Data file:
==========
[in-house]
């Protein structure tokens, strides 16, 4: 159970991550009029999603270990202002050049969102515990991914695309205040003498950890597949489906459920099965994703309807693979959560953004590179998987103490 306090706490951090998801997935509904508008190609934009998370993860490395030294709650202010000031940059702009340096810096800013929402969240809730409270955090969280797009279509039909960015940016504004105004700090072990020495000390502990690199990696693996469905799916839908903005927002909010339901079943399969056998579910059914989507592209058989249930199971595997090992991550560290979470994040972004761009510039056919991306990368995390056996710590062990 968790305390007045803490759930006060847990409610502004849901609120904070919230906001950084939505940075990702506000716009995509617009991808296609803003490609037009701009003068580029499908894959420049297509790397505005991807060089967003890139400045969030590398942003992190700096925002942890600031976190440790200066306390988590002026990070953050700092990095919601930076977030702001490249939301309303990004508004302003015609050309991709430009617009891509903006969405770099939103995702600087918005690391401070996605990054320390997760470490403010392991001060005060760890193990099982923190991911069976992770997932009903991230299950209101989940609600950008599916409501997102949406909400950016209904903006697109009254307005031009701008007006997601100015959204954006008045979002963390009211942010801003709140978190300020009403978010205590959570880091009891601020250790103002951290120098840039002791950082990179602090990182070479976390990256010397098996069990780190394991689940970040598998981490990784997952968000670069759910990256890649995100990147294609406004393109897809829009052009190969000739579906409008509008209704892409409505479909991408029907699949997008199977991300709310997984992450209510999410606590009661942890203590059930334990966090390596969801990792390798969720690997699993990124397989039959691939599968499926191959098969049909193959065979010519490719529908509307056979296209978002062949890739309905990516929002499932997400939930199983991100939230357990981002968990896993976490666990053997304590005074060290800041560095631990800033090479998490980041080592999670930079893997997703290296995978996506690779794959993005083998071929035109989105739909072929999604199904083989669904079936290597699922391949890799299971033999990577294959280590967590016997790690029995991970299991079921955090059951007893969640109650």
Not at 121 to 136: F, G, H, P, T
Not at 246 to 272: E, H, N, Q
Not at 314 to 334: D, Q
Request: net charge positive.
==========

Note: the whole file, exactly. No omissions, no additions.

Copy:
[in-house]
């Protein structure tokens, strides 16, 4: 159970991550009029999603270990202002050049969102515990991914695309205040003498950890597949489906459920099965994703309807693979959560953004590179998987103490 306090706490951090998801997935509904508008190609934009998370993860490395030294709650202010000031940059702009340096810096800013929402969240809730409270955090969280797009279509039909960015940016504004105004700090072990020495000390502990690199990696693996469905799916839908903005927002909010339901079943399969056998579910059914989507592209058989249930199971595997090992991550560290979470994040972004761009510039056919991306990368995390056996710590062990 968790305390007045803490759930006060847990409610502004849901609120904070919230906001950084939505940075990702506000716009995509617009991808296609803003490609037009701009003068580029499908894959420049297509790397505005991807060089967003890139400045969030590398942003992190700096925002942890600031976190440790200066306390988590002026990070953050700092990095919601930076977030702001490249939301309303990004508004302003015609050309991709430009617009891509903006969405770099939103995702600087918005690391401070996605990054320390997760470490403010392991001060005060760890193990099982923190991911069976992770997932009903991230299950209101989940609600950008599916409501997102949406909400950016209904903006697109009254307005031009701008007006997601100015959204954006008045979002963390009211942010801003709140978190300020009403978010205590959570880091009891601020250790103002951290120098840039002791950082990179602090990182070479976390990256010397098996069990780190394991689940970040598998981490990784997952968000670069759910990256890649995100990147294609406004393109897809829009052009190969000739579906409008509008209704892409409505479909991408029907699949997008199977991300709310997984992450209510999410606590009661942890203590059930334990966090390596969801990792390798969720690997699993990124397989039959691939599968499926191959098969049909193959065979010519490719529908509307056979296209978002062949890739309905990516929002499932997400939930199983991100939230357990981002968990896993976490666990053997304590005074060290800041560095631990800033090479998490980041080592999670930079893997997703290296995978996506690779794959993005083998071929035109989105739909072929999604199904083989669904079936290597699922391949890799299971033999990577294959280590967590016997790690029995991970299991079921955090059951007893969640109650």
Not at 121 to 136: F, G, H, P, T
Not at 246 to 272: E, H, N, Q
Not at 314 to 334: D, Q
Request: net charge positive.